The Reason Butter On The East Coast Is Different From The West Coast

There are a lot of differences between the East and West coasts in the United States: Accents are different, slang can trip you up, acceptable style differs, dishes come in all sorts of exciting regional variations, and of course, the general atmosphere is feels very different when you're traveling between the two coasts. The one thing you don't expect to be different is butter.

Butter is used all over the states, in fact, according to Time Magazine, Americans consume on average 23 sticks of butter a year. Not only do we love butter, but we also produce quite a bit for ourselves. Butter has A lot of in our foods from grease baking to cooking with frying pans. We mix it into our batters and roux, or fold into our pastries and phyllo dough. But if you are traveling between our two lovely coasts, you may have spotted an unexpected butter-sized difference.

Shaped by friendly competition

It turns out that the East Coast and West Coast have different sticks of butter. This is not necessarily something that most people would notice unless they've moved cross-country. On the West coast along the Rocky Mountain range, butter comes in short squat rectangles, while the butter lining the East Coast are long, skinny sticks (per NPR). It's a small but noticeable difference dividing our country and the thoughts of those of us who've baked coast to coast.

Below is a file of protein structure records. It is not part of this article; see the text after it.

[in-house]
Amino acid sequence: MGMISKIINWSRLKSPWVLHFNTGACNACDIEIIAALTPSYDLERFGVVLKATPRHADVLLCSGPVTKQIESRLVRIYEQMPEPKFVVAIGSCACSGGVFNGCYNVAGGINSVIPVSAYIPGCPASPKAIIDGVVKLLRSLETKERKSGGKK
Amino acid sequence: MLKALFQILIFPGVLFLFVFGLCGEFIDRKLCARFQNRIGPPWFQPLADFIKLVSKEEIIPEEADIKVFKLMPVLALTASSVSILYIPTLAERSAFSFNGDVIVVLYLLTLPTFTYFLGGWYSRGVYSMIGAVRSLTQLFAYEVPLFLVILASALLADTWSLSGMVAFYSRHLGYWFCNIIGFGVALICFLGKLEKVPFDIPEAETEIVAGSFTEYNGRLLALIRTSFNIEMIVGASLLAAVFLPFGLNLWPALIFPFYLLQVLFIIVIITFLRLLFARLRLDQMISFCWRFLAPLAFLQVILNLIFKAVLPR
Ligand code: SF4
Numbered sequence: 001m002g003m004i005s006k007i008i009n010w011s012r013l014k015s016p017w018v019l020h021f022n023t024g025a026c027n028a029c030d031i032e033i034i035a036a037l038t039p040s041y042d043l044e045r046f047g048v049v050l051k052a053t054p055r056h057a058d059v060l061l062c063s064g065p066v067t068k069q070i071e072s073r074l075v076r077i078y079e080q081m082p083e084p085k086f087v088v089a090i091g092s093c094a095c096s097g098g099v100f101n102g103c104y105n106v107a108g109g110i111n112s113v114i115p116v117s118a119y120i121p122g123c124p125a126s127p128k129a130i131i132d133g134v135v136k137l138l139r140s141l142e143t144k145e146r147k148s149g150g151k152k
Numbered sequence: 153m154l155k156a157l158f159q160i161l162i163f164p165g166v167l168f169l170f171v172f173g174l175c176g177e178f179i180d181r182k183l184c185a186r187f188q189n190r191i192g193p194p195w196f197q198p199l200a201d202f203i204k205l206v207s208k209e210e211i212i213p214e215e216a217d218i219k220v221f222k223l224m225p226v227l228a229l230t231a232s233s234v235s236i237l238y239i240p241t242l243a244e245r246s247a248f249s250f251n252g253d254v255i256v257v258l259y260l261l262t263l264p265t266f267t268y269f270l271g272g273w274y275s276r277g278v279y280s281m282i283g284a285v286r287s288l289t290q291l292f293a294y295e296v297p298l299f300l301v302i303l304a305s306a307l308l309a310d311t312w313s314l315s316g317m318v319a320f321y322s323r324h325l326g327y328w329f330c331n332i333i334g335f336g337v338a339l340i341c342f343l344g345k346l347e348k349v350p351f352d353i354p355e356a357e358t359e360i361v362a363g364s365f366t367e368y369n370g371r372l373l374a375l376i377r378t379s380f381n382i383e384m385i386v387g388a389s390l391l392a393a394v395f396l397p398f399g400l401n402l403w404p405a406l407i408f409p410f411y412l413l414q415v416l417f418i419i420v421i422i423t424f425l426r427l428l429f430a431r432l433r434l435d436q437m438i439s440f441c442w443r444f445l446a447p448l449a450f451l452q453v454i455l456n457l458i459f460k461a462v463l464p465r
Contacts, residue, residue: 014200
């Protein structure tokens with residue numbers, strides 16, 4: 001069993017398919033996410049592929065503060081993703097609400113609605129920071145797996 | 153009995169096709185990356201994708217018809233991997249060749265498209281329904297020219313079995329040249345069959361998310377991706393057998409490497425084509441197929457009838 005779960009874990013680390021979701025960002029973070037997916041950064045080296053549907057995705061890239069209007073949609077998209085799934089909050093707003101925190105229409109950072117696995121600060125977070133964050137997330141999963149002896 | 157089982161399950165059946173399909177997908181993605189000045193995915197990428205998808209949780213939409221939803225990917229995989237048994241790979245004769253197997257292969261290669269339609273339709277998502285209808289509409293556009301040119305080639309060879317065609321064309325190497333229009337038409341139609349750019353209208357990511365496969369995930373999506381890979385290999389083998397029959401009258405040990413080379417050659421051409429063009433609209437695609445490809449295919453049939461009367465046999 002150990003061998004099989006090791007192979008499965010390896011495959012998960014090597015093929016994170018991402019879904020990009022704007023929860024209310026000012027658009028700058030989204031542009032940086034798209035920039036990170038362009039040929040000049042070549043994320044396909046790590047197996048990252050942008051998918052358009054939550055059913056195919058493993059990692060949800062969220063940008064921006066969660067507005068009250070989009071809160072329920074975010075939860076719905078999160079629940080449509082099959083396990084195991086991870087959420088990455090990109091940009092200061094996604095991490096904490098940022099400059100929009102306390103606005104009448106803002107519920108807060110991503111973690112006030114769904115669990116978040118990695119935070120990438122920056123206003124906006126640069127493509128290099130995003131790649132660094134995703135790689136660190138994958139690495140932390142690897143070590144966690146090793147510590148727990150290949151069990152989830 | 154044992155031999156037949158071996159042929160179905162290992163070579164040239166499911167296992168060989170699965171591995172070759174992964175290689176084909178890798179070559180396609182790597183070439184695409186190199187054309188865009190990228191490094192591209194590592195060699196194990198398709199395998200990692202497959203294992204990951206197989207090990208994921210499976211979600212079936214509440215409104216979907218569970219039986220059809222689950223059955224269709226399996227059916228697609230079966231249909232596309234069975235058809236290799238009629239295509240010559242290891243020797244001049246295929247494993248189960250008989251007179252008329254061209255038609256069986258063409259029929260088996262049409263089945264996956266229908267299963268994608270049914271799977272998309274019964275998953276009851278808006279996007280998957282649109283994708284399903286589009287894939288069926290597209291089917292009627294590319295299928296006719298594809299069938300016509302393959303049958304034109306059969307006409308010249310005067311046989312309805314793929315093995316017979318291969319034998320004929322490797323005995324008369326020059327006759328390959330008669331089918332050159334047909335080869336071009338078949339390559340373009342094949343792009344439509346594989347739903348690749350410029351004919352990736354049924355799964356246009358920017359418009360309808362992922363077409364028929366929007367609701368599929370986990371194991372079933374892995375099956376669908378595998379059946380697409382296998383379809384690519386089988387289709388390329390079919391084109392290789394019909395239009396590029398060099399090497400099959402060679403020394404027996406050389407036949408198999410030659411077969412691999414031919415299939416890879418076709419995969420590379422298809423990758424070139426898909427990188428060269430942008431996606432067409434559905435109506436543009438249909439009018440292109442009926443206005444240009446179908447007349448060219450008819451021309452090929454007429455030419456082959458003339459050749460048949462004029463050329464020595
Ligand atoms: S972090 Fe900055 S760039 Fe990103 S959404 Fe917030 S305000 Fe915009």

According to Taste of Home, it all goes back to the dairy industry. Along the East Coast and Midwest, dairy farms used an Elgin mold to shape butter. At that time, butter was sold in a whole one-pound chunk until a dairy in Elgin, Illinois (hence the mold's name) started to divide it into four individual sticks. This technique spread to the East Coast. However, NPR reports that in the 1960s, the California dairy industry started giving the Midwesterners a run for their money. To better compete with the Midwest and East Coast, dairy farmers built their own butter molds which produced the little fat sticks West Coasters are familiar with today. 

But do the two taste different? According to Taste of Home, the only difference is the shape but otherwise, the butter is pretty much the same. To this day, the East and West coasts are divided in this, and neither seems inclined to change. But why would they? It's only a stick of butter.